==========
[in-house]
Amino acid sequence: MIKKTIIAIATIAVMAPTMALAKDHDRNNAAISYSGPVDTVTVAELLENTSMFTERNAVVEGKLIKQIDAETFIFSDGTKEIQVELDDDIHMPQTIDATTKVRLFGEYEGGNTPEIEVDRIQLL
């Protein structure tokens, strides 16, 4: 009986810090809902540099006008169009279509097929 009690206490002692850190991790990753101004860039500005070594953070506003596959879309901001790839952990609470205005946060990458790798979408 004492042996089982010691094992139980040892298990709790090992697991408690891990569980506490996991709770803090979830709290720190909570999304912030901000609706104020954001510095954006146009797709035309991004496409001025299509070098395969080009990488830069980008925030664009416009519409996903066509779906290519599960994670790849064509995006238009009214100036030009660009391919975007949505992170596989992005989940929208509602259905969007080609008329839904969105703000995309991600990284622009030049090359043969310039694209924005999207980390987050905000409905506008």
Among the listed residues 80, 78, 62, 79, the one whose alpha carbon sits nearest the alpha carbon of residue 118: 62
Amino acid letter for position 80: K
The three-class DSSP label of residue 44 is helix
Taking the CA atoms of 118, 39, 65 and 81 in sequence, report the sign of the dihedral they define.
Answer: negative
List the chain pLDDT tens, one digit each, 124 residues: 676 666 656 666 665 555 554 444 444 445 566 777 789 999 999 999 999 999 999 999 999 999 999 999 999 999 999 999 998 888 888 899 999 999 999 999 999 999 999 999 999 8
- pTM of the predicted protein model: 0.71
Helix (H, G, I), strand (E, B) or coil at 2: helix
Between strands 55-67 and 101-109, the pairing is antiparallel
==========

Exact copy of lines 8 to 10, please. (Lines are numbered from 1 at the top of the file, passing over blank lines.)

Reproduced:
Answer: negative
List the chain pLDDT tens, one digit each, 124 residues: 676 666 656 666 665 555 554 444 444 445 566 777 789 999 999 999 999 999 999 999 999 999 999 999 999 999 999 999 998 888 888 899 999 999 999 999 999 999 999 999 999 8
- pTM of the predicted protein model: 0.71